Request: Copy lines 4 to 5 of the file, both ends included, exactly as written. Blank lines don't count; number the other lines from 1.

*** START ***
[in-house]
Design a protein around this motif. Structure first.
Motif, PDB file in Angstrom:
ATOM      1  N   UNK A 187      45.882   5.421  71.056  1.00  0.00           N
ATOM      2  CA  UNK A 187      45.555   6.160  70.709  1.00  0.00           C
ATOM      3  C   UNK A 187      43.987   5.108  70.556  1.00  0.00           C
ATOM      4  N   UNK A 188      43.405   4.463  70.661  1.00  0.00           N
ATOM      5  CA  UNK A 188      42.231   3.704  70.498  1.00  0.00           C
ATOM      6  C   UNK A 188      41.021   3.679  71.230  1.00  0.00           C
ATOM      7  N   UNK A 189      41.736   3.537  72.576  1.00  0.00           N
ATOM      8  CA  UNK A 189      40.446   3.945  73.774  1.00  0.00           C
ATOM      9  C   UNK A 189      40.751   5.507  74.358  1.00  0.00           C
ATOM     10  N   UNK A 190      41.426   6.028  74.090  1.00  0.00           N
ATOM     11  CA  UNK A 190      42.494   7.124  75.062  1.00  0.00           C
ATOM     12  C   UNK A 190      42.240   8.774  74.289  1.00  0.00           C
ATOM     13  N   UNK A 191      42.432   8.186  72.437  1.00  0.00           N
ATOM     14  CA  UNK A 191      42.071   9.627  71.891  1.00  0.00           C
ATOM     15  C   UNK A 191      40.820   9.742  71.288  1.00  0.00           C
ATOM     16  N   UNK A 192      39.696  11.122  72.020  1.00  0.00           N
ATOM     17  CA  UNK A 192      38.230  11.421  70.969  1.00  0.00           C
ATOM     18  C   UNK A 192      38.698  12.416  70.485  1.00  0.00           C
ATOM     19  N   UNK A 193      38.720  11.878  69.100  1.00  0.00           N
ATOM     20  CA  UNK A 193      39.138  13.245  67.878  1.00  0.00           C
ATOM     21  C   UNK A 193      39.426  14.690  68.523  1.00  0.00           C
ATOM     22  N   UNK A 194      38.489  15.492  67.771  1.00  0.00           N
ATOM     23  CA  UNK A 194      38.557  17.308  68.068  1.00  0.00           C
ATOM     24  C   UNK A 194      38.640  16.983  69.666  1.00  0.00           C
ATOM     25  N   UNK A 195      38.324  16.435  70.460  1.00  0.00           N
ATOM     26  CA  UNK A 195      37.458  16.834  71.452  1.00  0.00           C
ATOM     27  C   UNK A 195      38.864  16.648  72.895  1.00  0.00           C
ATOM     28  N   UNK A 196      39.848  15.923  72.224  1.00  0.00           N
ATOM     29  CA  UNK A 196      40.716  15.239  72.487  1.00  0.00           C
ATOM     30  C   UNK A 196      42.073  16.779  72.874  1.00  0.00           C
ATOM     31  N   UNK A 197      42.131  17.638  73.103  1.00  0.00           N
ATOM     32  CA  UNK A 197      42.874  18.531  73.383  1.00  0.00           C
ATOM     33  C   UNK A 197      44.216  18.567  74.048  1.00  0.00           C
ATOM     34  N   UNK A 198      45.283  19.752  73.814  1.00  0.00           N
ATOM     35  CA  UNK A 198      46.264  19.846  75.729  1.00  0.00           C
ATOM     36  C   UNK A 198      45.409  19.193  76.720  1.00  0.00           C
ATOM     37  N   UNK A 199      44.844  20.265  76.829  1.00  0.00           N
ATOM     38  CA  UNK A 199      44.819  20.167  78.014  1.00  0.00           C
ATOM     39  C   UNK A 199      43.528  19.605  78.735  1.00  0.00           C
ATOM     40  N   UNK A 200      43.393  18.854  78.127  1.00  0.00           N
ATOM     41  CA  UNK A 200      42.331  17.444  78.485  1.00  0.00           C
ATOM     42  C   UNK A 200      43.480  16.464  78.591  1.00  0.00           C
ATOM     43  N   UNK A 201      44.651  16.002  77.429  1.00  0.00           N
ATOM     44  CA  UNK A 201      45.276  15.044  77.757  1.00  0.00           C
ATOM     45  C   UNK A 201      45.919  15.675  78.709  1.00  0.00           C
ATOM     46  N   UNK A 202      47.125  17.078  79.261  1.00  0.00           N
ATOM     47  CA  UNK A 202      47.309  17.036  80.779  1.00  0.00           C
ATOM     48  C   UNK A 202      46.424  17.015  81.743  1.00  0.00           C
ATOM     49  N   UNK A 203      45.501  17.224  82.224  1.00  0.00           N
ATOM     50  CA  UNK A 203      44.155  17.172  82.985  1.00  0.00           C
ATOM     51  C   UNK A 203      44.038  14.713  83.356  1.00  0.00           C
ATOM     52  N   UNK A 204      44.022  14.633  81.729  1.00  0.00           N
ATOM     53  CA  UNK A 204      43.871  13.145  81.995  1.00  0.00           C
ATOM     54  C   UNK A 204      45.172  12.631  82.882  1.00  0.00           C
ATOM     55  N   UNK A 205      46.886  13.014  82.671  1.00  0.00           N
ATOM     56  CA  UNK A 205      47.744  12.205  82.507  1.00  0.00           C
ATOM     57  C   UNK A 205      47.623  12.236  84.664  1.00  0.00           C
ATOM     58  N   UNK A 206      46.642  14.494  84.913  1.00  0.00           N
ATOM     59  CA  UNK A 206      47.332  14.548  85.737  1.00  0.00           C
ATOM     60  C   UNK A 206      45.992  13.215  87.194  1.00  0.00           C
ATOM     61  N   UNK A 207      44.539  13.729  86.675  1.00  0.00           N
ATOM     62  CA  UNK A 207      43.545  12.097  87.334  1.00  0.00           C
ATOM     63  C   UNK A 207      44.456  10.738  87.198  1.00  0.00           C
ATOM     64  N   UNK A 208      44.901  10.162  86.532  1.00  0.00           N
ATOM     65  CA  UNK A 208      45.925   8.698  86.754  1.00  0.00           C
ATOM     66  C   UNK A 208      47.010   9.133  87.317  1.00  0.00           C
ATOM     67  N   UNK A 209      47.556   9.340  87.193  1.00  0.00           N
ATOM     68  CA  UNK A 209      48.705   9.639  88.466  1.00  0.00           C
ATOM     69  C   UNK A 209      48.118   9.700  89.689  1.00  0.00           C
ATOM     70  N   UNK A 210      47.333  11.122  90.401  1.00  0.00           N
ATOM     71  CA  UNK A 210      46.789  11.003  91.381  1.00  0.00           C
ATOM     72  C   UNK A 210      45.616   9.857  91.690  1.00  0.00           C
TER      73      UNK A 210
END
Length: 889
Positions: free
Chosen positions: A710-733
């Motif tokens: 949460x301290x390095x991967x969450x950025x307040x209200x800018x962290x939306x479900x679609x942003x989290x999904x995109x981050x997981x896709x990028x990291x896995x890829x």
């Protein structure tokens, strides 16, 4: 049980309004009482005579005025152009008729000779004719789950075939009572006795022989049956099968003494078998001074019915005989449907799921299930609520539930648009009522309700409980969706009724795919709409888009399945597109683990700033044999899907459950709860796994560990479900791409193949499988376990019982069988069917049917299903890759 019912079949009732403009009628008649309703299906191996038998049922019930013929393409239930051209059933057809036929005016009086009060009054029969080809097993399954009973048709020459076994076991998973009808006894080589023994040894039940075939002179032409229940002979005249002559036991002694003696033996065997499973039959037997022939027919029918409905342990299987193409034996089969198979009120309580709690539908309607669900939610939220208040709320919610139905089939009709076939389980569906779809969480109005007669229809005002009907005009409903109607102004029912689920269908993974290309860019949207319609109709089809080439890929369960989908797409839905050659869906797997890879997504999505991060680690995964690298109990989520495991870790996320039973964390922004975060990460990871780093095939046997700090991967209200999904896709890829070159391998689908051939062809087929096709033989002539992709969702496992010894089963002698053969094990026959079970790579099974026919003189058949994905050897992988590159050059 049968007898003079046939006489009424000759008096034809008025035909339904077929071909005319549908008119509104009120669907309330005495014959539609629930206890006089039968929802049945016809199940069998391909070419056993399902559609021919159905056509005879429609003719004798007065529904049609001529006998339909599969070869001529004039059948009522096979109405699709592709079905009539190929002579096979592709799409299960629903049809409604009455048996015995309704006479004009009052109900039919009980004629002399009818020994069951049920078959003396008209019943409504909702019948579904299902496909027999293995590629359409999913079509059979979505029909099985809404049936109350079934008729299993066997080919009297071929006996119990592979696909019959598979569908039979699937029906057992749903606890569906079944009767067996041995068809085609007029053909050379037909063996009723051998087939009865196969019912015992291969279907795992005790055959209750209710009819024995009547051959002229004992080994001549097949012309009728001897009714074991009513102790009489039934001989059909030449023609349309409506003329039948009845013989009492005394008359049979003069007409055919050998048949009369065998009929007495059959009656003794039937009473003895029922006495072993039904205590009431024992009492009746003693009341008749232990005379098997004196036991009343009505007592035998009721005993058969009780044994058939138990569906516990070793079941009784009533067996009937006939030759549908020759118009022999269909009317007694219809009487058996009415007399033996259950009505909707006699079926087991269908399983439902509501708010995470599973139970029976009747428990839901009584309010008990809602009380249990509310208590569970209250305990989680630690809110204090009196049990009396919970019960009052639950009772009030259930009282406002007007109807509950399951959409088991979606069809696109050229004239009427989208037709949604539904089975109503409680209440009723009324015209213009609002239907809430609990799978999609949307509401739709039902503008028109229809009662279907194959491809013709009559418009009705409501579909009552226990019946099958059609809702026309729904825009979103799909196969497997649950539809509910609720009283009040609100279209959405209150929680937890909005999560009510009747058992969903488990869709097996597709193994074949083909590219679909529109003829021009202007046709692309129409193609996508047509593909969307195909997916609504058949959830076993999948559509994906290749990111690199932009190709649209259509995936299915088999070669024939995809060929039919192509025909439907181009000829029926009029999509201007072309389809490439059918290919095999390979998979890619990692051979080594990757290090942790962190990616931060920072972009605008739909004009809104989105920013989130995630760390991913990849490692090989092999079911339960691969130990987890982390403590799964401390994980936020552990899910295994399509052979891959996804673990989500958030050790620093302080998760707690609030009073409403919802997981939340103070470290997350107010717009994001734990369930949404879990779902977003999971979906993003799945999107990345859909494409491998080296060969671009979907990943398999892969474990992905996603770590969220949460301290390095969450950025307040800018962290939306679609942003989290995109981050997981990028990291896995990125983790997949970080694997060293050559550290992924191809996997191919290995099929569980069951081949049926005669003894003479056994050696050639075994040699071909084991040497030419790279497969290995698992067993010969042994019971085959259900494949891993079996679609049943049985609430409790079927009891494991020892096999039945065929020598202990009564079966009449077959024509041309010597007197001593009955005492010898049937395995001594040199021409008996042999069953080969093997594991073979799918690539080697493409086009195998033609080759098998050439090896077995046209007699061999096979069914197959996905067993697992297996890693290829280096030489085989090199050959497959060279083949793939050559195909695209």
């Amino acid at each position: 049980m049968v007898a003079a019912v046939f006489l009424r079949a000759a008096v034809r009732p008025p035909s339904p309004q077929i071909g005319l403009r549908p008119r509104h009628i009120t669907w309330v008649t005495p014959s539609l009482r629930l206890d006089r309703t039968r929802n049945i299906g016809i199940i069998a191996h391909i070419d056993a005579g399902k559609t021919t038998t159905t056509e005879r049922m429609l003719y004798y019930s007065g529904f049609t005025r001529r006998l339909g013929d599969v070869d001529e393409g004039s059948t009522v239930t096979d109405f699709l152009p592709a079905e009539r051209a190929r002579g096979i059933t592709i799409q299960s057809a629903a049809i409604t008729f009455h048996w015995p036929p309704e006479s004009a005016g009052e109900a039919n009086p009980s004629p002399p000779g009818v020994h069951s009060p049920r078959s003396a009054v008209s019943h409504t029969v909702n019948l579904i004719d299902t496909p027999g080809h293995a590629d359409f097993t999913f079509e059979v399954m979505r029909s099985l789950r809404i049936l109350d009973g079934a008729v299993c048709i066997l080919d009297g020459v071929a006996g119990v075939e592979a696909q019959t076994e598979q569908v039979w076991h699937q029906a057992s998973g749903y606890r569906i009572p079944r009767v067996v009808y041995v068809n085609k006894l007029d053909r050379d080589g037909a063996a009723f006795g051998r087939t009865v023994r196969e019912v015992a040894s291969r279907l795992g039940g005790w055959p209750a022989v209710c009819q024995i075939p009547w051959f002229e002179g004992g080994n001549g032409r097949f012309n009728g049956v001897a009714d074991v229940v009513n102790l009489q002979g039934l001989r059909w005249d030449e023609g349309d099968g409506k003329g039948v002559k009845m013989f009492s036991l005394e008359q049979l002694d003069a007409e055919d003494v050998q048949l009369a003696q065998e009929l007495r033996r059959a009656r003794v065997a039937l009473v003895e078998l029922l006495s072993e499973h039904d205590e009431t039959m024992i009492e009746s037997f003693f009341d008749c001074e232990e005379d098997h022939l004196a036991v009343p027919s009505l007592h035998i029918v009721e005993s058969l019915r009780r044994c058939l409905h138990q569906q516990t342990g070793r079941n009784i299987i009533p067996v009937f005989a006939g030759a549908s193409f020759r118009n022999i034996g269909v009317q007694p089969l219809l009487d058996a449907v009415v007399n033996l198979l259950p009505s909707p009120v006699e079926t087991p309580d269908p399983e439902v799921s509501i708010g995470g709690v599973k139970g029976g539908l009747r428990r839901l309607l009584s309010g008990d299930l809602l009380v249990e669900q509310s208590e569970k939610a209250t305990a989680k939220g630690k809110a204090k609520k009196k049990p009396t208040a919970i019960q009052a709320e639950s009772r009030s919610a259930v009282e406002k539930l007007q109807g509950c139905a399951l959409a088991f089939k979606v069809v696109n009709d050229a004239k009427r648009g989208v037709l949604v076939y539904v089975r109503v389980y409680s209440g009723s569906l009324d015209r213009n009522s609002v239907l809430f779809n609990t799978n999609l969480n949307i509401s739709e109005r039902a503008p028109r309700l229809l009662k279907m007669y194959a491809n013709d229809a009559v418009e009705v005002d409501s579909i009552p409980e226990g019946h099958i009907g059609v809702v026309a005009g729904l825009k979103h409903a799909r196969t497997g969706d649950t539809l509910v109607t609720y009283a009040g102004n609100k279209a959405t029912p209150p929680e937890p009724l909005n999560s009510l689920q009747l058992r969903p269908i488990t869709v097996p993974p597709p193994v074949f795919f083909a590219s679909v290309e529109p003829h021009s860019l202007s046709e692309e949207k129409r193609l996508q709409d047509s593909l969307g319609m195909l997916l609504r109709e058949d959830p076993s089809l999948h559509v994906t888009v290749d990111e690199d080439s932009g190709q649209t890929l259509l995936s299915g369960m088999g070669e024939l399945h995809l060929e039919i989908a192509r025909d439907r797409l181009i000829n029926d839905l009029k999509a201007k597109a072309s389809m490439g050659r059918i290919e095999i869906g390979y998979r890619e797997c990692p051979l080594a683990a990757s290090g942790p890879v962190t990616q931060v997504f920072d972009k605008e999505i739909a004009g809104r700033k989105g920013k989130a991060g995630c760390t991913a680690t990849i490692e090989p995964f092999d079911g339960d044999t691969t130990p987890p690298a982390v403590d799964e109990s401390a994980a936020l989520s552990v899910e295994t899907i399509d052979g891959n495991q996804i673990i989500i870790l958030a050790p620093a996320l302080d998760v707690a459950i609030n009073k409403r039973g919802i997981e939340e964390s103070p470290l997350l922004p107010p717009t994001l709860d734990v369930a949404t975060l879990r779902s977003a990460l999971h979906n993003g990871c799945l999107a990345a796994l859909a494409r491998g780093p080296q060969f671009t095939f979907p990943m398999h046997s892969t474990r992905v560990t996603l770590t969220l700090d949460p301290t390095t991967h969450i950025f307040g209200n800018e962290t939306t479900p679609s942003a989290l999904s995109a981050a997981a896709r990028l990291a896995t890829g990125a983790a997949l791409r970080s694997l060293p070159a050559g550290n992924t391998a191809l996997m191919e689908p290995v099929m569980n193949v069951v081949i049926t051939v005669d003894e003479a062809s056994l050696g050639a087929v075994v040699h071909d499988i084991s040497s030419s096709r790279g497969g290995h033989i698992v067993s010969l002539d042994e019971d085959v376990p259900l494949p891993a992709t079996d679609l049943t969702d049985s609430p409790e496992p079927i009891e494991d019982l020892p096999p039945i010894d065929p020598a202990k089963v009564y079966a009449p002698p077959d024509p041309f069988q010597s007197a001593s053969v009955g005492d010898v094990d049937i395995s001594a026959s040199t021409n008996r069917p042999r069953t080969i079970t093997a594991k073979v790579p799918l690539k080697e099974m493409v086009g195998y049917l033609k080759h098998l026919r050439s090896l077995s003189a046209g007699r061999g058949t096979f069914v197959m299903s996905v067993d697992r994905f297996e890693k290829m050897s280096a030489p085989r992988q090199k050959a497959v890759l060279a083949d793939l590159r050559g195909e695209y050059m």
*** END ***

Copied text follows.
ATOM      1  N   UNK A 187      45.882   5.421  71.056  1.00  0.00           N
ATOM      2  CA  UNK A 187      45.555   6.160  70.709  1.00  0.00           C